Guinness may be the most iconic beverage associated with the Emerald Isle, and today, St. Patrick’s Day, the world will consume an estimated 13 million pints of the quaff. We can probably assume that a significant portion of that consumption will be right here in the United States where 33 million Americans claim Irish heritage, a number that undoubtedly increases on March 17th every year. (Fun Fact: The number of Americans claiming Irish heritage is about seven times the population of Ireland itself.)
It is important to remember that many brands, especially in the beverage industry, are owned by multinational corporations. In the case of Guinness, the company helped form beverage giant Diageo in a 1997 merger. Today, Diageo is the world’s largest producer of distilled spirits and 2nd Vote has covered the corporation’s advocacy for same-sex marriage and support for pro-choice organizations like Susan G. Komen in the past.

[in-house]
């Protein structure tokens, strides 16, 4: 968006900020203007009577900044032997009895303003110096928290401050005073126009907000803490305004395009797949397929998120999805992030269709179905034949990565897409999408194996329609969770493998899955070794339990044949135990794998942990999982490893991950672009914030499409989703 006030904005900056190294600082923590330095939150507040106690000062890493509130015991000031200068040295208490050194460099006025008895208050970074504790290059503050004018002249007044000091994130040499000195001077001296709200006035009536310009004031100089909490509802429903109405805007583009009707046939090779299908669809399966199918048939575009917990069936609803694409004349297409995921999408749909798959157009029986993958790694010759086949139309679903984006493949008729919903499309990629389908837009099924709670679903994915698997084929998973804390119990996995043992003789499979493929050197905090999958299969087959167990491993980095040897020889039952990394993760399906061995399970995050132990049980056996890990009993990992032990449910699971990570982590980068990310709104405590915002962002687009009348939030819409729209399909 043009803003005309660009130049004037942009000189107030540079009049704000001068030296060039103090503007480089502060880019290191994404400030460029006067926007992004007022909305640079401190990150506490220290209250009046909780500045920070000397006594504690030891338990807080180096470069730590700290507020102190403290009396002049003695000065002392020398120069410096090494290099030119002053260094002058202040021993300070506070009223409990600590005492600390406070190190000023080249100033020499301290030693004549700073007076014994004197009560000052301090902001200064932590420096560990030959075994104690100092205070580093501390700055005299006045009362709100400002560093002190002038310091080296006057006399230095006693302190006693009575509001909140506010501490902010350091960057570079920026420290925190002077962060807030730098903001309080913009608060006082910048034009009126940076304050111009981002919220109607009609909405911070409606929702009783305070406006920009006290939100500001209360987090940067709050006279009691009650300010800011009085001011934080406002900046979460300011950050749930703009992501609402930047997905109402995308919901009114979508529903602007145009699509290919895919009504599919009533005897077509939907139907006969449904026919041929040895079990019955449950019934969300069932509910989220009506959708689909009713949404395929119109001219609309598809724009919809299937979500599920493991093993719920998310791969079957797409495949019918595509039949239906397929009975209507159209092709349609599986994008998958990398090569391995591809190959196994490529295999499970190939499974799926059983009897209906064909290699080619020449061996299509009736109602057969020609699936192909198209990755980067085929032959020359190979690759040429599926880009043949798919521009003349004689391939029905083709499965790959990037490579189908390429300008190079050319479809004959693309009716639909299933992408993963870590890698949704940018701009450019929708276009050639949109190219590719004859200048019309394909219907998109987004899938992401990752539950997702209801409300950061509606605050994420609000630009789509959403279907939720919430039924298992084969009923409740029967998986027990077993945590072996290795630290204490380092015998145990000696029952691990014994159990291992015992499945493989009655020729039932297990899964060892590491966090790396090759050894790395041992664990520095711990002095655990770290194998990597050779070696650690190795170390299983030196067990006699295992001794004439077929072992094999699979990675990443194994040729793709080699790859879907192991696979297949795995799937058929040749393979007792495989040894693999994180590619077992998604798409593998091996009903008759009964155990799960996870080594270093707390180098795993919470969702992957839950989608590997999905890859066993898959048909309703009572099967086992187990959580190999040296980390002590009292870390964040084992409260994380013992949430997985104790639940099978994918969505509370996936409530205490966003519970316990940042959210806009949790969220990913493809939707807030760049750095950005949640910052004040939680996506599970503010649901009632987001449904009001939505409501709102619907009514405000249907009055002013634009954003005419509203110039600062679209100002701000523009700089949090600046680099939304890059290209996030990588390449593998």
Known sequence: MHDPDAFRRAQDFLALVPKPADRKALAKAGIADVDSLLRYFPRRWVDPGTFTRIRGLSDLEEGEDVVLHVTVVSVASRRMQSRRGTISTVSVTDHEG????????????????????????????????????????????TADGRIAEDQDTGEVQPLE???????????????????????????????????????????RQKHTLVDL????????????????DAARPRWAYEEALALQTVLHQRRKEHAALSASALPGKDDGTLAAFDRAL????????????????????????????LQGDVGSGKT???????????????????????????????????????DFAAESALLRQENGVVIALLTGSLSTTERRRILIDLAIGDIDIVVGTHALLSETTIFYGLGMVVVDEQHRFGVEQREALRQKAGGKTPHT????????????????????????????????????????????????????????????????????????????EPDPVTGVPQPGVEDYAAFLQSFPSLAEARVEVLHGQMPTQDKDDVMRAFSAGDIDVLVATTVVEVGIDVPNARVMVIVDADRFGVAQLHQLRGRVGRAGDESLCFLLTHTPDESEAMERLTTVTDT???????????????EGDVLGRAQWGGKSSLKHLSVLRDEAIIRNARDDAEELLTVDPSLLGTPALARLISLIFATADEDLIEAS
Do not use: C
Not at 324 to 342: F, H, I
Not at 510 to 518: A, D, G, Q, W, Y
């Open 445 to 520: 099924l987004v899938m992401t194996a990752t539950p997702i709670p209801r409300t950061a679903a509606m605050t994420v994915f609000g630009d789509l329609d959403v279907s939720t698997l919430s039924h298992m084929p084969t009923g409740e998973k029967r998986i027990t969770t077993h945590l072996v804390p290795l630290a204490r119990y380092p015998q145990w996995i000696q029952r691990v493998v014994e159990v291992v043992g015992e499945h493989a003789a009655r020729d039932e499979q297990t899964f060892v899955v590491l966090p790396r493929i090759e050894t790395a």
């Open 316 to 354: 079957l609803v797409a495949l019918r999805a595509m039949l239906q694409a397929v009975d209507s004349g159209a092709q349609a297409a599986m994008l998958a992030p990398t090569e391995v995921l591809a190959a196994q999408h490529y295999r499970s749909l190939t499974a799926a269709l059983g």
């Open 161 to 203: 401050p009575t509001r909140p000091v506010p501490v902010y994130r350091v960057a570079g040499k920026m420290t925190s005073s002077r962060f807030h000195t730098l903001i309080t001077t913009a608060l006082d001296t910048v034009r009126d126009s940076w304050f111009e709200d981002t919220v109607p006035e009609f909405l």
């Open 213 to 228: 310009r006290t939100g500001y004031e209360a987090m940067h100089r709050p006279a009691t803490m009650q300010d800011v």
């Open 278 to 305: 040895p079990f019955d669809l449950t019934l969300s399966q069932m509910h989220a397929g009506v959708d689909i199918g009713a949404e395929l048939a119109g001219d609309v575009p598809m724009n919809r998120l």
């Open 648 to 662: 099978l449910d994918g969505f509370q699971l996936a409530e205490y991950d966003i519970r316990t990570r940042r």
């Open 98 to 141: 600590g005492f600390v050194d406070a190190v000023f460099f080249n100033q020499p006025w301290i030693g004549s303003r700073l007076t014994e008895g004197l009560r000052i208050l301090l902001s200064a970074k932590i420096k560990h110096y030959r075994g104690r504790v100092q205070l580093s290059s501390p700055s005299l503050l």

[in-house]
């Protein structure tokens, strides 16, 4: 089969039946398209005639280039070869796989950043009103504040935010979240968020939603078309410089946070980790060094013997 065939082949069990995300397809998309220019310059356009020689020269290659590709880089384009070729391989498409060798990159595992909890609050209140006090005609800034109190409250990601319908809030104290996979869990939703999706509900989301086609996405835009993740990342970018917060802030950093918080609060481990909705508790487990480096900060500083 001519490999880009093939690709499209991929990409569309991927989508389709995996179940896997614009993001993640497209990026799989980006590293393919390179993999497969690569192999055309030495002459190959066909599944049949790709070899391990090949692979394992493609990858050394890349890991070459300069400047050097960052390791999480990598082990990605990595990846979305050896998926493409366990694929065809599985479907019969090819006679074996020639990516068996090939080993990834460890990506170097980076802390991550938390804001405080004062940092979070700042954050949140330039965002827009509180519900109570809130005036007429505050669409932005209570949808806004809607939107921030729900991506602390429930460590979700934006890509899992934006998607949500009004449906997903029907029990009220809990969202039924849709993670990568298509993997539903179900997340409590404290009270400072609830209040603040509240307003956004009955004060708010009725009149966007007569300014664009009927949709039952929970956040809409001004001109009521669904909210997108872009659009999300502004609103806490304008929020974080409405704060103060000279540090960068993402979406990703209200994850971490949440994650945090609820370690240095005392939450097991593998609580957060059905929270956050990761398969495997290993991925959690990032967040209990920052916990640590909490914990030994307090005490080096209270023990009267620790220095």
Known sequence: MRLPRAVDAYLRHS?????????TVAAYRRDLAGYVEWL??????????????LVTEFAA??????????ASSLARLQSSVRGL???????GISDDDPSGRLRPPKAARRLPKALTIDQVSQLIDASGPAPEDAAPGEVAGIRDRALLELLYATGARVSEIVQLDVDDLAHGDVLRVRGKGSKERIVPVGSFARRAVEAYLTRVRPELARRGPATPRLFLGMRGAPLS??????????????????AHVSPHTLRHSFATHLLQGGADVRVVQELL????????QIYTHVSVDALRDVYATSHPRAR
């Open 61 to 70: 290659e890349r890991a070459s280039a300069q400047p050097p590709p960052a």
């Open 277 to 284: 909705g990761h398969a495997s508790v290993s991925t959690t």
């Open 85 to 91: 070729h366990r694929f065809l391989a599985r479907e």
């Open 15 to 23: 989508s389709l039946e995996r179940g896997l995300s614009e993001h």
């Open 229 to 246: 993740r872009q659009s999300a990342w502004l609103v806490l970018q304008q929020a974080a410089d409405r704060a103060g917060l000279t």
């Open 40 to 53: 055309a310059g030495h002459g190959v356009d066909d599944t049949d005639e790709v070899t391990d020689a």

However, 2nd Vote has also uncovered liberal advocacy on behalf of Diageo and Guinness on Environmental issues, as well. Diageo is listed as a signer of the Ceres Climate Declaration and Guinness has lent its name to the Brewery Climate Declaration, which is also sponsored by Ceres.
Ceres, and its business alliance BICEP, is a liberal environmental organization that has pushed for cap-and-trade policies. Ceres is also a major advocate for the radical environmental policies promoted at last year’s climate conference in Paris. The Daily Signal reported on how these policies could ultimately result in “economic retraction and a reduction in living standards”.
Conservatives should enjoy (responsibly) celebrating the color green today as it applies to cultural heritage. However, they should also be aware that too much green in their choice of quaff isn’t just from the food coloring.